Will the Aegon Group still support you in the UK?(Expand content) (Minimise content) (Content loading)
As an important part of the Aegon group, our parent company continues to support us in the UK. Aegon UK is independently strong with a robust balance sheet.
I’m an Aegon UK customer but live in another EU country – will Aegon continue to service my policy?(Expand content) (Minimise content) (Content loading)
We have customers who moved from the UK to the EU after taking out a product with us. We also have customers who were living in the Republic of Ireland when they became customers.
Customers who live outside of the UK can keep their product with us, but new investment activity is not allowed. There is no impact on claims or withdrawals and these can continue.
If I’m a UK citizen living and working in another EU country, will I be able to carry on saving into my pension in that country?(Expand content) (Minimise content) (Content loading)
Individuals entitled to work in the EU can continue to benefit from the pension rules in the country they’re working in.
Living and working in the UK
UK state pension benefits are set by the UK Government. Generally speaking, if you’ve always lived and worked in the UK, your state pension isn't directly affected as a result of Brexit.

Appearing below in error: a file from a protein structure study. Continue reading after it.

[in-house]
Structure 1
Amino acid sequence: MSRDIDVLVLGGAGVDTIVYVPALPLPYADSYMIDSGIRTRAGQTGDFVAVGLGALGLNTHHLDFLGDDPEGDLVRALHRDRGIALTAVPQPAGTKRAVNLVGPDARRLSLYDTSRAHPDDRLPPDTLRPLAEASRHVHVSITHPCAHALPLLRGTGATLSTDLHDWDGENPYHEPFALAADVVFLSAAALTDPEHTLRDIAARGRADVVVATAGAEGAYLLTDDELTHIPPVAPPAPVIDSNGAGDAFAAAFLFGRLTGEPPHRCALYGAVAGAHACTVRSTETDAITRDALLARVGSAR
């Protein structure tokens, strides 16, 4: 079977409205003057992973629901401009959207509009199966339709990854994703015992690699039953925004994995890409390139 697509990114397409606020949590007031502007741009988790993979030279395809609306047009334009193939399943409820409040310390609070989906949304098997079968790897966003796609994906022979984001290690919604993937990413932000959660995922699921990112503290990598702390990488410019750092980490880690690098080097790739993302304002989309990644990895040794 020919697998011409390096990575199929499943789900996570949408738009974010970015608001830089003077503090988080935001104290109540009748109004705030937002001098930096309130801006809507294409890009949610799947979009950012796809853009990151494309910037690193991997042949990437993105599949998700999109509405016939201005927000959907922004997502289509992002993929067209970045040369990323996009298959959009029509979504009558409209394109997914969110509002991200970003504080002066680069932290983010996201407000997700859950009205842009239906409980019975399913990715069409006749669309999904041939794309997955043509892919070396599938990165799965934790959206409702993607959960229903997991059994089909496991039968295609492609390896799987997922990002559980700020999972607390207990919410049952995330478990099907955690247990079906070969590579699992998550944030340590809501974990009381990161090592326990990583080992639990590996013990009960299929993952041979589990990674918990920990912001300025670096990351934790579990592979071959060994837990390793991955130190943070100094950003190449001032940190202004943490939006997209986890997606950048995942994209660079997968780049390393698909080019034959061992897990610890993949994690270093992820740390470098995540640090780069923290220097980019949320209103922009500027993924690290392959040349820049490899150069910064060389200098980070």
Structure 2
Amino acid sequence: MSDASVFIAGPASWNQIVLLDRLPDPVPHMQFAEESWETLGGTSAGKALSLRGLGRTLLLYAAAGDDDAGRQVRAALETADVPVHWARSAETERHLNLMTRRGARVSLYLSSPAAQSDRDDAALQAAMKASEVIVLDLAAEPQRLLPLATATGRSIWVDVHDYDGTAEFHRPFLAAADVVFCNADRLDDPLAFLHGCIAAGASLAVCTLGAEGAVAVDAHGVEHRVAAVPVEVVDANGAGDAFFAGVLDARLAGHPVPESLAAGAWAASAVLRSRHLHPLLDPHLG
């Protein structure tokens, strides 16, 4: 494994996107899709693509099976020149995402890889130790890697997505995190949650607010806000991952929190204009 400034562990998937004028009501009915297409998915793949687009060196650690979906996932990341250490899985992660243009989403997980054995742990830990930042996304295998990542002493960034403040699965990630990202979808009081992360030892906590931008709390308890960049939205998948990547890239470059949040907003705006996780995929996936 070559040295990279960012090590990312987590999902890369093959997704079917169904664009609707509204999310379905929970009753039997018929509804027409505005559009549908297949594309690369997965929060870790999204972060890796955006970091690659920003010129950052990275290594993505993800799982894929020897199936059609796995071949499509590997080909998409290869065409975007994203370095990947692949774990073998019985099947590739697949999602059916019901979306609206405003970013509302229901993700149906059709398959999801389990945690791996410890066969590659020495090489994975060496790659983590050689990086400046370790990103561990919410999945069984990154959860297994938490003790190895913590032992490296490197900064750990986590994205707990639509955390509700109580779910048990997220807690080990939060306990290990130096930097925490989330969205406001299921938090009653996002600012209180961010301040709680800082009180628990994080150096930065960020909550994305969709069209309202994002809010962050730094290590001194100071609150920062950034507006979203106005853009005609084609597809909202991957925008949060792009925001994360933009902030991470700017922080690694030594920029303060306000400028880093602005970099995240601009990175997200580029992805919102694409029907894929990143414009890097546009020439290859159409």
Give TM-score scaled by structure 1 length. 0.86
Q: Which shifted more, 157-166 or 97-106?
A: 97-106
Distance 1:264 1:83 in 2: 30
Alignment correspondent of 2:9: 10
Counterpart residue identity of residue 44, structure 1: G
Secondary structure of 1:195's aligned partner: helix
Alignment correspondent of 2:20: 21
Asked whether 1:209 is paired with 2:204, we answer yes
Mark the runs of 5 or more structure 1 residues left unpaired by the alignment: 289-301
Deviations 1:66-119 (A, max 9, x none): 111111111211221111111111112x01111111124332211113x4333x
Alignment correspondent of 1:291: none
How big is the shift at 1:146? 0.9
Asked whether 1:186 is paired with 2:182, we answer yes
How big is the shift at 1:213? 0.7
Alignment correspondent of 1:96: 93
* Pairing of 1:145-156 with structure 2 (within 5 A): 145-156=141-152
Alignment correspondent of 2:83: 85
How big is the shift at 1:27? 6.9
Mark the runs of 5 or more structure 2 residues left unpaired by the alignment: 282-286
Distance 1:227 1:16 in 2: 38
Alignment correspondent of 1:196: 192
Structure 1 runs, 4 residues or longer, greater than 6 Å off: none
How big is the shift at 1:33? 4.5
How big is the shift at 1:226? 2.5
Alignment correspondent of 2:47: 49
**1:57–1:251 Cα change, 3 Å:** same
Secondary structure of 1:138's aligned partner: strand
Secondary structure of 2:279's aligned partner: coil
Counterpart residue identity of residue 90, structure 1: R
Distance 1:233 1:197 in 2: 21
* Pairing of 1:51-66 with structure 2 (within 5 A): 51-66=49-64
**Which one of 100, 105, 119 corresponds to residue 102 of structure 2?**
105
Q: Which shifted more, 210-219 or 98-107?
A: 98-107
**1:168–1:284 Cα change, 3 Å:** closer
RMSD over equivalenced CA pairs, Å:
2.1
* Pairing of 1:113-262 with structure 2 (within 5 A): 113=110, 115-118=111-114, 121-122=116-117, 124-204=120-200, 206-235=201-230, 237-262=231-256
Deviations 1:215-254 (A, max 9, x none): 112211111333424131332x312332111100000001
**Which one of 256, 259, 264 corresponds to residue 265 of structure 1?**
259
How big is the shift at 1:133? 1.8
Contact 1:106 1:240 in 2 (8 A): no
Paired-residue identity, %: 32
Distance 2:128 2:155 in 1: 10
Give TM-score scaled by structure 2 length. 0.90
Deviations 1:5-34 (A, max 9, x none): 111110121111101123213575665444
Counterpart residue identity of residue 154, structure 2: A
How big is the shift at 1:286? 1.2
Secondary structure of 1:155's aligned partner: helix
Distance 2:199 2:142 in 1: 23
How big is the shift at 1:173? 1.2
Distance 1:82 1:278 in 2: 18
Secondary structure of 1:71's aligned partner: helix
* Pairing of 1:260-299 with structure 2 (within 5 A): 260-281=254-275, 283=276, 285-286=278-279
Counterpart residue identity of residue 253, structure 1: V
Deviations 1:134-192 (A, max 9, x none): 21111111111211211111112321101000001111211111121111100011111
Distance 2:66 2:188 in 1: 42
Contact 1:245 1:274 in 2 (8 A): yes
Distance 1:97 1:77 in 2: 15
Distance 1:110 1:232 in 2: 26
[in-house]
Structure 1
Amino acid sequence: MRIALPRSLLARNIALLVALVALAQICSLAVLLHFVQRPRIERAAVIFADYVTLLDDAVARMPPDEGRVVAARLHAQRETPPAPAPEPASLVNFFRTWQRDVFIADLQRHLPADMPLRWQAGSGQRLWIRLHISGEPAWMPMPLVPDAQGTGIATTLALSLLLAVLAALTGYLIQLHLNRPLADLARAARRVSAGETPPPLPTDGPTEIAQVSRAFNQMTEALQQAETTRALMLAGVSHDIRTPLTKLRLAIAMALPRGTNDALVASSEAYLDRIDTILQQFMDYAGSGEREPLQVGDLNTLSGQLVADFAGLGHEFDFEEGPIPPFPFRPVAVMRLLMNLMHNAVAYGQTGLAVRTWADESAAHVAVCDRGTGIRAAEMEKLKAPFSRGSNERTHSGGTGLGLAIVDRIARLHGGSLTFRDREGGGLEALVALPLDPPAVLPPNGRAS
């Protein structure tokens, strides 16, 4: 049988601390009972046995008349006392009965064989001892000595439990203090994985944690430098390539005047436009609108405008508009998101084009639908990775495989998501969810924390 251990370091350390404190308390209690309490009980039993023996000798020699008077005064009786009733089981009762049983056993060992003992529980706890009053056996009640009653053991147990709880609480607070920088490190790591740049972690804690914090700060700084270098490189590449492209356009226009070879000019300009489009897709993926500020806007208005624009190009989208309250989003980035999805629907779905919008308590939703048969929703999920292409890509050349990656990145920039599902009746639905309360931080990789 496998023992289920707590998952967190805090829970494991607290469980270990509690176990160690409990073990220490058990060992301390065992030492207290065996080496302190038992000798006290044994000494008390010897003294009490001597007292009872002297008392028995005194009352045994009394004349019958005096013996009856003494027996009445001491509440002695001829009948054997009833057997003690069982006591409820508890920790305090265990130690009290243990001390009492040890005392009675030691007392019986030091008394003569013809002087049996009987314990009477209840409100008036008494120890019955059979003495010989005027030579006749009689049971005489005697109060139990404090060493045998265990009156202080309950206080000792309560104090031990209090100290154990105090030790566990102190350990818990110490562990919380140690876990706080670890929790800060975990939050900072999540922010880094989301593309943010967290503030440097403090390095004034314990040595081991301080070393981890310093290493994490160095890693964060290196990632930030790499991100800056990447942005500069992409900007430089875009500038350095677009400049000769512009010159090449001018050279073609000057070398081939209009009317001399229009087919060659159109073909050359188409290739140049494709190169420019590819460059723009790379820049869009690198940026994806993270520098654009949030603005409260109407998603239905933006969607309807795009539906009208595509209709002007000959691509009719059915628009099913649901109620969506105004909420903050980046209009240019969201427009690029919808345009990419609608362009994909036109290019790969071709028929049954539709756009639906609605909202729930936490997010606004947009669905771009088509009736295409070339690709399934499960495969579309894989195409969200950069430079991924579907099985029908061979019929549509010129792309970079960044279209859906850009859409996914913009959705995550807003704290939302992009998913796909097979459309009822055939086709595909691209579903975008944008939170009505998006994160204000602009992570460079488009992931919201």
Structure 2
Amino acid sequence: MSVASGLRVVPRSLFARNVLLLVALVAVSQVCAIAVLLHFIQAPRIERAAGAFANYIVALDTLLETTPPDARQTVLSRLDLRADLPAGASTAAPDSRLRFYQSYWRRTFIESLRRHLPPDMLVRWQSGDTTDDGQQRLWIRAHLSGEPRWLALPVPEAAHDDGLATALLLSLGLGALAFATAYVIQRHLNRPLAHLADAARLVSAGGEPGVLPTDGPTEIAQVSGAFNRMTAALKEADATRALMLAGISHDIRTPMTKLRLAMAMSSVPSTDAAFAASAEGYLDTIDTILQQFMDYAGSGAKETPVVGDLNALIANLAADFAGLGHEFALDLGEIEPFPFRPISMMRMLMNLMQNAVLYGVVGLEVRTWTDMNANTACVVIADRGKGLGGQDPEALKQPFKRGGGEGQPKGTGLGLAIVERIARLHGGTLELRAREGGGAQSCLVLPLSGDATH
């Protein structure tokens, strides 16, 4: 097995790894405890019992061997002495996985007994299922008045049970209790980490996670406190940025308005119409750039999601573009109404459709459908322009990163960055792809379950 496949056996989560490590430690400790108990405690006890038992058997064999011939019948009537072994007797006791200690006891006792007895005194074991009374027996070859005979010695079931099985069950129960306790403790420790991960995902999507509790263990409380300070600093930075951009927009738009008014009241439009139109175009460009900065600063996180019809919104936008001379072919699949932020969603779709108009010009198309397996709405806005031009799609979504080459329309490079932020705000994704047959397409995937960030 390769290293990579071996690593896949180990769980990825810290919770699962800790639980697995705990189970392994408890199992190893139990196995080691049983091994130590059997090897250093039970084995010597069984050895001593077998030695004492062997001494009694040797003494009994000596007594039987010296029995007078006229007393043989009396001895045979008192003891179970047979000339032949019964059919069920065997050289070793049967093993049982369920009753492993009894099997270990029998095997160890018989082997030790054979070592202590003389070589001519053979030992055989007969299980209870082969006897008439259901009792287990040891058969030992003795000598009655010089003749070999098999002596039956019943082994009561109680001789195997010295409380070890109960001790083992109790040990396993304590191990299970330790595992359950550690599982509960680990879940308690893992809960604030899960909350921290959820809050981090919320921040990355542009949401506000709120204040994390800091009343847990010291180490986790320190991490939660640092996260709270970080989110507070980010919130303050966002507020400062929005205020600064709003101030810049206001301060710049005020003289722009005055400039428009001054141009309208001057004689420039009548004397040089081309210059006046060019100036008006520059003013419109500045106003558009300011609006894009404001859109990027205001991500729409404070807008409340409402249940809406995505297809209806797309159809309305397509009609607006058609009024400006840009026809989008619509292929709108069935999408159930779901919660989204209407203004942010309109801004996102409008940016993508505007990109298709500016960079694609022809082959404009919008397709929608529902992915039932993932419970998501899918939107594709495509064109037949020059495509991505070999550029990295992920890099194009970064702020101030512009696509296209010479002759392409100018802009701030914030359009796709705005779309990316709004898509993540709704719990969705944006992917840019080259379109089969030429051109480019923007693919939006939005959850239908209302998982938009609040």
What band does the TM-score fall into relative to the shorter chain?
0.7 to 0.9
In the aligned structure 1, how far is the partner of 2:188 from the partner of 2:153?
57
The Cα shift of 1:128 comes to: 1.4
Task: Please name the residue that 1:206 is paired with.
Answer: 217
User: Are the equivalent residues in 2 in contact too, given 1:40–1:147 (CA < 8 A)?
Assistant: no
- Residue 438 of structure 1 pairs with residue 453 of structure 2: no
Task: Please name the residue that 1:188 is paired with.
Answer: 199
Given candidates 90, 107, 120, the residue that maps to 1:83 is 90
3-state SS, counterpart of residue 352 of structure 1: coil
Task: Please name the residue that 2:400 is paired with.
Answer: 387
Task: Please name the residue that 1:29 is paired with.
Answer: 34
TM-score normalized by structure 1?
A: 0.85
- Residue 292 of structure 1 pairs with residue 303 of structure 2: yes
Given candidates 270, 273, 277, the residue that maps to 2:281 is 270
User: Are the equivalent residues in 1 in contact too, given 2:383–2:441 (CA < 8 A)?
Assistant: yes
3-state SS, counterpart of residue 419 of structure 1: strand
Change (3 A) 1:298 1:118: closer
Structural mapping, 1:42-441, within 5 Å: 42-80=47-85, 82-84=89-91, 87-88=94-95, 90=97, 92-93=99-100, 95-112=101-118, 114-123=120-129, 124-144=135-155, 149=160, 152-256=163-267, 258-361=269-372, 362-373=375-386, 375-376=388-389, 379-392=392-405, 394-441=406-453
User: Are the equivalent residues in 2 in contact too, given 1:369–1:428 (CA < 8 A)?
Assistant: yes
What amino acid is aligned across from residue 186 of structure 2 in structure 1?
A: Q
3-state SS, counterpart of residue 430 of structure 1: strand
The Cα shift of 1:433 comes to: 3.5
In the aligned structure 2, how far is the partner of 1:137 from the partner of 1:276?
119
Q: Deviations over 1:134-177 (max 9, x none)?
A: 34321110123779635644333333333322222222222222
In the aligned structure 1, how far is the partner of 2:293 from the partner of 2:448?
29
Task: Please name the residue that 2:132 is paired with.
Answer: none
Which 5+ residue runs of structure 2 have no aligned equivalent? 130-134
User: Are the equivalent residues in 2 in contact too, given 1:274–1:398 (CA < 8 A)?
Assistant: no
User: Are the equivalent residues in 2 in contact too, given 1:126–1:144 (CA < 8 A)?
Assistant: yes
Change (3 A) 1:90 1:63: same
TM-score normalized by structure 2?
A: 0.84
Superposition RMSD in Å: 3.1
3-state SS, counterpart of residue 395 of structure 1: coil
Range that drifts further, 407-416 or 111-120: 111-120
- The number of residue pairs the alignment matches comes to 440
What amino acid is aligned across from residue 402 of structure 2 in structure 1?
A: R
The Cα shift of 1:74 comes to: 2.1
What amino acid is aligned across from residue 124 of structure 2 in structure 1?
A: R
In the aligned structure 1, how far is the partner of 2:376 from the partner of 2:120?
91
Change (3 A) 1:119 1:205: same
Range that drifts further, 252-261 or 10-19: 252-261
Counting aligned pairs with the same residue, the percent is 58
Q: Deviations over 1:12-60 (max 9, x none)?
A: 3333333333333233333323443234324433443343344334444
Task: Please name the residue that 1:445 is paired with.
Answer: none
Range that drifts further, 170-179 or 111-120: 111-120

Living in or moving to the EU
If you’re a UK citizen living in the European Economic Area (EEA) when you reach the UK state pension age, the UK Government has promised to continue to increase your state pension each year, for so long as you continue to live there. This will be at the same rates as those receiving their UK state pension while resident in the UK.
If you’re working in the EEA or Switzerland, you’ll also be able to count future social security contributions towards meeting the ‘qualifying conditions’ for your UK state pension.
Please note that now we’re no longer in the EU, individuals don’t have an automatic right to work or live in the EU.
Unrelated to Brexit, the UK state pension age for both men and women will increase to age 67 in 2028.
As part of Brexit negotiations, what happens to rules around pensions/financial services which have been set at EU level?(Expand content) (Minimise content) (Content loading)
Many of the rules and regulations currently applicable to financial services in the UK come from EU laws. Some of these applied automatically as a result of our EU membership. In other areas, the EU sets rules which member countries then need to build into domestic laws and regulations.
The UK Government ’on shored’ existing EU laws and regulations relating to financial services into UK law so that these continue to apply.
In some cases, when the UK has implemented EU regulations, the Government has gone further, suggesting it supports these rules, so they may be unlikely to revoke them. In other areas, the UK may decide in the future to deviate from the EU rules, although it remains to be seen to what extent this will happen.